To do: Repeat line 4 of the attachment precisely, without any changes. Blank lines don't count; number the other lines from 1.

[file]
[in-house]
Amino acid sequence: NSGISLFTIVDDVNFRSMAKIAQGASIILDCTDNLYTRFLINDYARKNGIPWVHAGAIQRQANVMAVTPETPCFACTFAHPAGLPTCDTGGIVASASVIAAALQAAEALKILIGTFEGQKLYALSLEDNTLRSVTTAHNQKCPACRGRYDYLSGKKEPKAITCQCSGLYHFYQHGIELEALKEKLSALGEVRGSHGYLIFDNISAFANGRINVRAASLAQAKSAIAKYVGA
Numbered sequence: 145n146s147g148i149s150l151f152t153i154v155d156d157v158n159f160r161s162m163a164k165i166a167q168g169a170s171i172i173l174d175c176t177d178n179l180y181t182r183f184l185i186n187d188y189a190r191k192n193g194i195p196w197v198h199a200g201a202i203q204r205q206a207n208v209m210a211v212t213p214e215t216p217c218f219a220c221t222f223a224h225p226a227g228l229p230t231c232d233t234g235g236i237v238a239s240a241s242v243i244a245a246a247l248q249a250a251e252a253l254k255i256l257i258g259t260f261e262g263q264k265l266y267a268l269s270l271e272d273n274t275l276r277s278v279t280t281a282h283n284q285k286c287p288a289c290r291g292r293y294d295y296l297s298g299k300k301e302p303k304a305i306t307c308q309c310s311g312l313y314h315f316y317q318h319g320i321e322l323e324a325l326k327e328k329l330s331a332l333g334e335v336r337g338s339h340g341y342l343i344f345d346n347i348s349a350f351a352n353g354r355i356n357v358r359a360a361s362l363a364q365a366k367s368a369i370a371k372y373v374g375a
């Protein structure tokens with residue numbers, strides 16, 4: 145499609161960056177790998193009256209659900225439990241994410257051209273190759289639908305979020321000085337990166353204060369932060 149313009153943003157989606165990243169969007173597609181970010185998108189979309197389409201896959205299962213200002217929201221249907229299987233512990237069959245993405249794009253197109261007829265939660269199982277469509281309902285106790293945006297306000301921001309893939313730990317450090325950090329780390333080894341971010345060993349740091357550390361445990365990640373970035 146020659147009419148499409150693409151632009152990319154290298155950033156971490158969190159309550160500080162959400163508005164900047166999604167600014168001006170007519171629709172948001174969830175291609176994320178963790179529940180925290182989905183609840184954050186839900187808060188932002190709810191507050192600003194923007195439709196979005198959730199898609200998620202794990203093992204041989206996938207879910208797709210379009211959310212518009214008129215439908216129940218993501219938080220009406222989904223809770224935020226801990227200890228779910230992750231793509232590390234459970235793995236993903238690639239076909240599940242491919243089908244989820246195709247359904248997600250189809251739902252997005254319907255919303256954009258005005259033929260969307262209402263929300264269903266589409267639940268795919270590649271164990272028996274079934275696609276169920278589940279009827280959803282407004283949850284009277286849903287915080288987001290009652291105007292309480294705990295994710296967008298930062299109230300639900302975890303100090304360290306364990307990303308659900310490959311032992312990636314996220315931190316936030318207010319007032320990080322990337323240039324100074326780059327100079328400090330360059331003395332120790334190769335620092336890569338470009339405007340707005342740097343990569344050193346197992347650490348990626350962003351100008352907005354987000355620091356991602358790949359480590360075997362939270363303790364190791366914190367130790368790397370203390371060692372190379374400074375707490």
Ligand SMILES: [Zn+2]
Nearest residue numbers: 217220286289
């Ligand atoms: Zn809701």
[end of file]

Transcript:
């Protein structure tokens with residue numbers, strides 16, 4: 145499609161960056177790998193009256209659900225439990241994410257051209273190759289639908305979020321000085337990166353204060369932060 149313009153943003157989606165990243169969007173597609181970010185998108189979309197389409201896959205299962213200002217929201221249907229299987233512990237069959245993405249794009253197109261007829265939660269199982277469509281309902285106790293945006297306000301921001309893939313730990317450090325950090329780390333080894341971010345060993349740091357550390361445990365990640373970035 146020659147009419148499409150693409151632009152990319154290298155950033156971490158969190159309550160500080162959400163508005164900047166999604167600014168001006170007519171629709172948001174969830175291609176994320178963790179529940180925290182989905183609840184954050186839900187808060188932002190709810191507050192600003194923007195439709196979005198959730199898609200998620202794990203093992204041989206996938207879910208797709210379009211959310212518009214008129215439908216129940218993501219938080220009406222989904223809770224935020226801990227200890228779910230992750231793509232590390234459970235793995236993903238690639239076909240599940242491919243089908244989820246195709247359904248997600250189809251739902252997005254319907255919303256954009258005005259033929260969307262209402263929300264269903266589409267639940268795919270590649271164990272028996274079934275696609276169920278589940279009827280959803282407004283949850284009277286849903287915080288987001290009652291105007292309480294705990295994710296967008298930062299109230300639900302975890303100090304360290306364990307990303308659900310490959311032992312990636314996220315931190316936030318207010319007032320990080322990337323240039324100074326780059327100079328400090330360059331003395332120790334190769335620092336890569338470009339405007340707005342740097343990569344050193346197992347650490348990626350962003351100008352907005354987000355620091356991602358790949359480590360075997362939270363303790364190791366914190367130790368790397370203390371060692372190379374400074375707490």